Friday, May 20, 2011
Making Baja-Style Fish Tacos
I wake up one morning and see that my mom has sent me an early text message. In a nutshell, it’s reminding me that I have a bag of avocados in the kitchen and I should do something (anything!) with them before they go bad. These avocados came from a very fertile tree in the family compound in Antipolo where my sisters and I grew up.
Now that I am living in a concrete jungle, I miss those days when we could get fresh fruits from our own (and our neighbors’… Tee hee.) backyard. Fruit trees were abundant- Santol, Kaimito, Mango, Kasuy, Macopa, Guava, Kamias- and all we had to do was have the gardener bring out his stylized fruit-picking stick and tug away at whatever fruit was in season. Luckily, an uncle who still lives there makes sure that everyone in the family gets their share of the season’s harvests. And, luckily, there were enough avocados during the last harvest to go around.
So, what does a Mexican food lover do when life gives her a bag of avocados? She makes guacamole, of course! And, after weighing the different levels of difficulty of my favorite Mexican dishes in my head, I decide that I would attempt to make my favorite taco of the moment- Baja-style Fish Tacos.
Baja is on the coast of Southern California and very close to the San Diego-Mexico border. I’ve never been, but I’m pretty sure its proximity to the border makes it a hot-spot for good Mexican grub. The first time I tried this dish was in Baja Mexican Cantina in Greenbelt 3, and I immediately fell in love with the crispy, beer-battered crust, the pungent sauce, and the textural element of the sliced cabbage.
As I did my research for what should be authentic Baja fish tacos, I discovered that the ones at Baja Mexican Cantina are pretty spot on. But, as any popular dish goes, there are a few variations here and there. The standard recipe is pretty straight-forward and composed of four components from the bottom, up- 1) soft flour or corn tortilla, 2) battered and fried fish, 3)white sauce, and 4)fresh sliced cabbage. Some cooks who prefer a more subtle flavor for the fish opt for a cornmeal crust, but I personally like beer-battered food so I decide to roll with it. (For a lighter beer taste, I decided to use San Mig Light) A popular addition to the standard recipe is either a topper of fresh pico de gallo salsa or guacamole. And, if you are a master of the obvious, you would know what I decided to include in my recipe.
So, as you can see, there are no hard rules on how to make YOUR perfect taco. The beauty of Mexican food is that there are a myriad of spices, salsas, herbs and seasonings that you can add or remove to make your taco your own. Go mild or go wild… It’s your choice. Everyone seems to be a Mexican food expert these days (Yes, douchebag, I’m talking about YOU), but do not let them tell you what to do.
Anyway, it’s fiesta time.
Baja-style Fish Tacos (serves 4)
2 Cream Dory (or any white fish) fillets, approximately 300 g. each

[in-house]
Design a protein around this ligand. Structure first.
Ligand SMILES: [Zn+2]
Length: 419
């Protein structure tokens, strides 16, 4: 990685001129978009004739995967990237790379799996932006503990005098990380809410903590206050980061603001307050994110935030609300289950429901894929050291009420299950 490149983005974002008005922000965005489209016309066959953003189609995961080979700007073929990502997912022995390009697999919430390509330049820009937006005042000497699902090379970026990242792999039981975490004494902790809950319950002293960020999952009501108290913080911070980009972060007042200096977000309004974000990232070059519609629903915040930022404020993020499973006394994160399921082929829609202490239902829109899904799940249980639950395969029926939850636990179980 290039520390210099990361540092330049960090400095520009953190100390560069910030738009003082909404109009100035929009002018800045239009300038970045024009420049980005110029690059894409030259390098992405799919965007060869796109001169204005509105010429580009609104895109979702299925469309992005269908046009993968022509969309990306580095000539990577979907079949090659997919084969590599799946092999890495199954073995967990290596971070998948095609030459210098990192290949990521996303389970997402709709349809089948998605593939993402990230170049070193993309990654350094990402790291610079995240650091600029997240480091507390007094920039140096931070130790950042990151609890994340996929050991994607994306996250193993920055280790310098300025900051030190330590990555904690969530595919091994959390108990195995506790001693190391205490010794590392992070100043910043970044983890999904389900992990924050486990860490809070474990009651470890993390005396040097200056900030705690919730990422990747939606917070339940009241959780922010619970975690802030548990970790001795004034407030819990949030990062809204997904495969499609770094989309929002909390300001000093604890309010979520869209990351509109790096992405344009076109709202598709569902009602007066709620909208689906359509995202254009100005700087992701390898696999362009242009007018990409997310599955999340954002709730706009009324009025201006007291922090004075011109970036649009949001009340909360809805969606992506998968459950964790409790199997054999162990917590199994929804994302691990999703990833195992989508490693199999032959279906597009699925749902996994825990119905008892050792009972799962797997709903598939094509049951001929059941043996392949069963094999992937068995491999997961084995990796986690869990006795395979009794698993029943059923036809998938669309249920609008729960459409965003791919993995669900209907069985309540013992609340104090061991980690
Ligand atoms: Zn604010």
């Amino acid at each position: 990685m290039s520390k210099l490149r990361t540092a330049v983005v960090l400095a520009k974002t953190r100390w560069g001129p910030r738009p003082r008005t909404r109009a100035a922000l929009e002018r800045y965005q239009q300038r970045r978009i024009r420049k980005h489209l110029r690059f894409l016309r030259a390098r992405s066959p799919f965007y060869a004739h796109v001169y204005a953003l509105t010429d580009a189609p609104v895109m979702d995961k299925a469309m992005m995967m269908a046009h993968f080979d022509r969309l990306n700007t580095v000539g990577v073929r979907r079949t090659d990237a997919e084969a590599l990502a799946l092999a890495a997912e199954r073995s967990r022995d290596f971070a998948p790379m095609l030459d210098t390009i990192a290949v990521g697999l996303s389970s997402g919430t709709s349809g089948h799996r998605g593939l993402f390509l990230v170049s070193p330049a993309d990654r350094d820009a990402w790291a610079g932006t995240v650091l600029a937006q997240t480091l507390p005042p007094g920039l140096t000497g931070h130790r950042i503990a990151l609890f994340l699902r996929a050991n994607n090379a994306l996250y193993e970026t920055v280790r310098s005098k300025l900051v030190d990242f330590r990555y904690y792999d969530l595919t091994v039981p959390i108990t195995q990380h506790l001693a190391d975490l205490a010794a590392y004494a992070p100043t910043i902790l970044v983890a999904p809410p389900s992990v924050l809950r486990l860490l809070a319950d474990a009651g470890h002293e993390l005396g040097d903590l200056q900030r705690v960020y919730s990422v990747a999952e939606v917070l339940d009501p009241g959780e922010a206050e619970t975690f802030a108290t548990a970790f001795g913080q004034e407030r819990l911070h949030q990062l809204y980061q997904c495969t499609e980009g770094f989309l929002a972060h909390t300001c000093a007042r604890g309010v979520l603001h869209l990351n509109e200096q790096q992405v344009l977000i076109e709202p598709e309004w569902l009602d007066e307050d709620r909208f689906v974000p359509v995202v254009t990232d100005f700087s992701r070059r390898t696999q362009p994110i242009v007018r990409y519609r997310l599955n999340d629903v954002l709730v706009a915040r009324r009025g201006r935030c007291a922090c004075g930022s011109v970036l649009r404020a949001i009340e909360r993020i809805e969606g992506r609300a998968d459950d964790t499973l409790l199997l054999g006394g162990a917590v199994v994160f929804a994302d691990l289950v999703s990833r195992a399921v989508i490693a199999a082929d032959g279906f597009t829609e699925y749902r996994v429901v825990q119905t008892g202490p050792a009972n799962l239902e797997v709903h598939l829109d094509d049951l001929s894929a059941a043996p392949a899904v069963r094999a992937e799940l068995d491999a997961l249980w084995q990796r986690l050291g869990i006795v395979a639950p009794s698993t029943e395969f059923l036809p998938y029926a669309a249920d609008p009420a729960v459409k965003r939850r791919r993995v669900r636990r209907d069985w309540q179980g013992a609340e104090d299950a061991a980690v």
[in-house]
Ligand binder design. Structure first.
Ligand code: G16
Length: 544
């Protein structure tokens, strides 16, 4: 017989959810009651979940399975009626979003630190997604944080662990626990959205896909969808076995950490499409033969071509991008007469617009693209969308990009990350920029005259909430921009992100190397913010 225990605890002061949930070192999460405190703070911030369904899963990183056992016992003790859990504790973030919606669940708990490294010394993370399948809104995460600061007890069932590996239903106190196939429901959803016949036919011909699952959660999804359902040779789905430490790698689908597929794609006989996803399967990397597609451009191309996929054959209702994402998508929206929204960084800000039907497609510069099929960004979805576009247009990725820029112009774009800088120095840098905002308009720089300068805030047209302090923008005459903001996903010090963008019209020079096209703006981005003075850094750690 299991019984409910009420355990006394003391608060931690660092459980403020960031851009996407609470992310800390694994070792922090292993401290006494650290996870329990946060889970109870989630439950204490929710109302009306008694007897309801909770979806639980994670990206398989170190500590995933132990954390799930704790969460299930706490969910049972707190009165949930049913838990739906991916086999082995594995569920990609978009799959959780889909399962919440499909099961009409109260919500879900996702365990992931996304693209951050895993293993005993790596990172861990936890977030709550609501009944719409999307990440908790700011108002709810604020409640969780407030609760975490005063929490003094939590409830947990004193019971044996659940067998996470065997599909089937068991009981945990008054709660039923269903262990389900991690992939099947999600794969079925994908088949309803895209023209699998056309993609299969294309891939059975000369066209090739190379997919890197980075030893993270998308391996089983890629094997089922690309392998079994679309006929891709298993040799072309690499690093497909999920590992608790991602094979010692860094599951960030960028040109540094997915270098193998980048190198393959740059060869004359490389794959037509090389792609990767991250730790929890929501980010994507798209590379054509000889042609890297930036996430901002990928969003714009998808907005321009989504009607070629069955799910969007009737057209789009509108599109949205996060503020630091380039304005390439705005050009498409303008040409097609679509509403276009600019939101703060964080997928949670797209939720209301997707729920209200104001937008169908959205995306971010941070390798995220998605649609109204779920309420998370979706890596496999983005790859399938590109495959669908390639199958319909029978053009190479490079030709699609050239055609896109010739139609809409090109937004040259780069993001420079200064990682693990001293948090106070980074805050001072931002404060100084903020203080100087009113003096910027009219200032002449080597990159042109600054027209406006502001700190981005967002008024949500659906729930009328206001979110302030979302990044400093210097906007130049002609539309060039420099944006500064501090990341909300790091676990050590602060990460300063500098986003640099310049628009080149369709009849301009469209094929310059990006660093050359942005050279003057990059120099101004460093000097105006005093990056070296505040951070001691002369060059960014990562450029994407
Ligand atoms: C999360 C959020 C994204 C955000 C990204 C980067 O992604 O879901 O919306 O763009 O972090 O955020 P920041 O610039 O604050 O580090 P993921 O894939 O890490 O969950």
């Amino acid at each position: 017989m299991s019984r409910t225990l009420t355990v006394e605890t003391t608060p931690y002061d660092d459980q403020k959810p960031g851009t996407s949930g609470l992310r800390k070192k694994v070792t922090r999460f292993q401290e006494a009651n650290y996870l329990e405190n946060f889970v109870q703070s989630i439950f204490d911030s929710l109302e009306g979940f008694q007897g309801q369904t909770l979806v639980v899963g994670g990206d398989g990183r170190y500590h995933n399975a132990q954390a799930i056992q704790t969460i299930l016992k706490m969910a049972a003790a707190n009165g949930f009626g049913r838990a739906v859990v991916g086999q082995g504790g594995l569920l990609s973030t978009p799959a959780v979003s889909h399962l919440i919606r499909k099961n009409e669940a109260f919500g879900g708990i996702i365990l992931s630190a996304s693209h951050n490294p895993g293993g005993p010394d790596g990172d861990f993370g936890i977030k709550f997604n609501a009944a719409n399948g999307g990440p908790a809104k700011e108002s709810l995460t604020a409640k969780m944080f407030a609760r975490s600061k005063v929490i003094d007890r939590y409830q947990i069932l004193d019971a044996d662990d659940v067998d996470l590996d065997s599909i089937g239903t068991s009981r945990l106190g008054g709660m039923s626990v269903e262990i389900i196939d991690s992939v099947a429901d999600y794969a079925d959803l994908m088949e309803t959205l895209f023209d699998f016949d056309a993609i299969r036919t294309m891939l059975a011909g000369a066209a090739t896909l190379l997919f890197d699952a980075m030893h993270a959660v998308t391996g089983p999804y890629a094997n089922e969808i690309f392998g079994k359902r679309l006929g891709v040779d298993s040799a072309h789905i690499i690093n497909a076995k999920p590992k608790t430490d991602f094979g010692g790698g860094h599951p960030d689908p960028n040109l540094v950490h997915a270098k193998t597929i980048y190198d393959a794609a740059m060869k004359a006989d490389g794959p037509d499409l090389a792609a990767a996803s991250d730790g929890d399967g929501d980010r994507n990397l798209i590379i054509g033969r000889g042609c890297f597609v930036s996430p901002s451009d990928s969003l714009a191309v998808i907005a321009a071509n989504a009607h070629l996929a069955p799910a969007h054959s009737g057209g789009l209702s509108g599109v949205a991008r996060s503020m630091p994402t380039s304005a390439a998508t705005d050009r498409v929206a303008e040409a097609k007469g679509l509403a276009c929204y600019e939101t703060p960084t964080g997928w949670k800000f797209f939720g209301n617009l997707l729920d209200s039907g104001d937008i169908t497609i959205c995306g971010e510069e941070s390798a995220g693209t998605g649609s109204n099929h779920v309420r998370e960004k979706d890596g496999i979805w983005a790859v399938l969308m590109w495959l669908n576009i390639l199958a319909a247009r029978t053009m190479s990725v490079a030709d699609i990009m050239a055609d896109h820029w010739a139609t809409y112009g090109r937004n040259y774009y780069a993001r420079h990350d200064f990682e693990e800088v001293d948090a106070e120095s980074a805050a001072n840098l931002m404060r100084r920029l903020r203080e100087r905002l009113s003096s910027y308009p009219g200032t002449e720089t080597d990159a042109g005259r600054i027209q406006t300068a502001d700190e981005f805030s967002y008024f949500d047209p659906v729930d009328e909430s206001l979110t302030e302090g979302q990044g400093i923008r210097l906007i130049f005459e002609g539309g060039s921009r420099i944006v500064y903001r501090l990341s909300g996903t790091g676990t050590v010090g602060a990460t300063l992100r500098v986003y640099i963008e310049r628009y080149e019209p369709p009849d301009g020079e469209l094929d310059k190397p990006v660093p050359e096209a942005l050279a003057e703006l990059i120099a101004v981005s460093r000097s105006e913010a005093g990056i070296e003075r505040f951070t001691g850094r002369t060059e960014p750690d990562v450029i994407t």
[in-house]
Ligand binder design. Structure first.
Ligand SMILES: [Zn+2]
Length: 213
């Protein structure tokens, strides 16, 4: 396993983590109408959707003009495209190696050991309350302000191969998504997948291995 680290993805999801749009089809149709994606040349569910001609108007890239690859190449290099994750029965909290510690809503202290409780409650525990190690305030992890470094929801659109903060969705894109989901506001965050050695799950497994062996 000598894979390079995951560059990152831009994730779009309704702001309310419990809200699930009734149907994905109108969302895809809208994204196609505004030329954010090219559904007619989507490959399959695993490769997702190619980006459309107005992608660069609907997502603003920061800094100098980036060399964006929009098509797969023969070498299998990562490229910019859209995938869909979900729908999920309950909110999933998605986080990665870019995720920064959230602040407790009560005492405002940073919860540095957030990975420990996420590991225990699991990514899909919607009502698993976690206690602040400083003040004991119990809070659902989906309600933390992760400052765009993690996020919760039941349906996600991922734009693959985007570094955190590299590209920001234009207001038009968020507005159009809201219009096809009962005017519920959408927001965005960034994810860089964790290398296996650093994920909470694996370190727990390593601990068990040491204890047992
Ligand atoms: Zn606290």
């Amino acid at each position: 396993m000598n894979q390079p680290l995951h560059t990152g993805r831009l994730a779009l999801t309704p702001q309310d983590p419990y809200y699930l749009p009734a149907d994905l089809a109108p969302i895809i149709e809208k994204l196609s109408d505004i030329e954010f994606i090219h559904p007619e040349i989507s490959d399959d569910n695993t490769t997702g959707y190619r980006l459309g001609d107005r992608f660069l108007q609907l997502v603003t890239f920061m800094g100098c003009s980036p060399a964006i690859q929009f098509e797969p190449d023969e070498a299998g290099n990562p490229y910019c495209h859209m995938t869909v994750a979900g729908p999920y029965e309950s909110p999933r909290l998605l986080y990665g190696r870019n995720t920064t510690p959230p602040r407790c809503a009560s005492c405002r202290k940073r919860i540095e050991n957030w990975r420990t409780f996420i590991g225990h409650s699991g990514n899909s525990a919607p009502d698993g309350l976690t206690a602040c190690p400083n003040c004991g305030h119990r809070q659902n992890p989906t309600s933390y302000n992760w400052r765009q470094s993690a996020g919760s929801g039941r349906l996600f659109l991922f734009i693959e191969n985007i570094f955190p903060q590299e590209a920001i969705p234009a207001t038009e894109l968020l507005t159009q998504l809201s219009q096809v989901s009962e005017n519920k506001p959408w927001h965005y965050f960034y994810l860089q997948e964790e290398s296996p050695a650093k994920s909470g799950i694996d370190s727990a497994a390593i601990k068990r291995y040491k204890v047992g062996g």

3 cups vegetable oil
½ cup all-purpose flour
8 flour tortillas
½ a head of cabbage, sliced thin
1 lime, cut into wedges
A few sprigs of cilantro, for garnish
Hot sauce (optional)
1 cup all-purpose flour
2 teaspoons cornstarch
1 egg, beaten
1 bottle of light pilsner
2 teaspoons salt
½ cup mayonnaise
½ cup sour cream
2 teaspoons cumin
1 teaspoon Cayenne pepper
1 teaspoon Spanish paprika
2 medium avocados, cubed
1 medium red onion, finely-diced
3 cloves garlic, finely-minced
¼ cup cilantro, chopped
2 small tomatoes, finely-diced
Salt and pepper
To make the Guacamole:
- In a medium bowl, pile on the avocados, red onions, garlic and tomatoes.
- Sprinkle cilantro over the mix and squeeze the lime into it, careful not to drop in the seeds. Season with salt and pepper. Mix vigorously until there is a nice creamy consistency, but still chunky.
- Cover with plastic wrap and set aside.
To make the white sauce:
- In a medium bowl, mix all the ingredients together.
- Cover with plastic wrap and set aside.
To make the beer batter:
- In a medium mixing bowl, put the dry ingredients (flour, salt and cornstarch) in and mix well. Add in the beer and egg. Mix everything together until well-integrated. (Do not worry about the small lumps, they won’t affect the quality of the crust.)
Cooking the fish:
- Heat the oil in a medium pot (make sure the oil is at least 2 inches high) over a medium-high fire. When you start seeing little ripples in the oil, you’re there.
- Slice the Cream Dory fillets into four equal parts, leaving you with eight pieces.
- Dredge the fish in flour, dunk them into the batter, and into the fryer. Cook the fish 2-3 pieces at the time to maintain the temperature of the oil. It takes around 2-3 minutes for the fish to fry, depending on its thickness. A nice golden coat is usually a good indication that its ready.
To heat the flour tortillas:
- The easiest way is to pile all eight tortillas on top of each other on a microwaveable plate, cover with a paper towel, and heat at “high” for 45 seconds.
Assembly is easy and fun. Just lay out two flour tortillas on a plate, top with one fish each, drizzle on some white sauce and top with some cabbage. Since I like cilantro, I put a few sprigs of it on top of the tacos with a couple wedges of lime as a garnish. And, of course, we should not forget the condiment containing the prized ingredient that started this all- a nice dollop of freshly-made guacamole on the side of the plate.
Vamos a comer!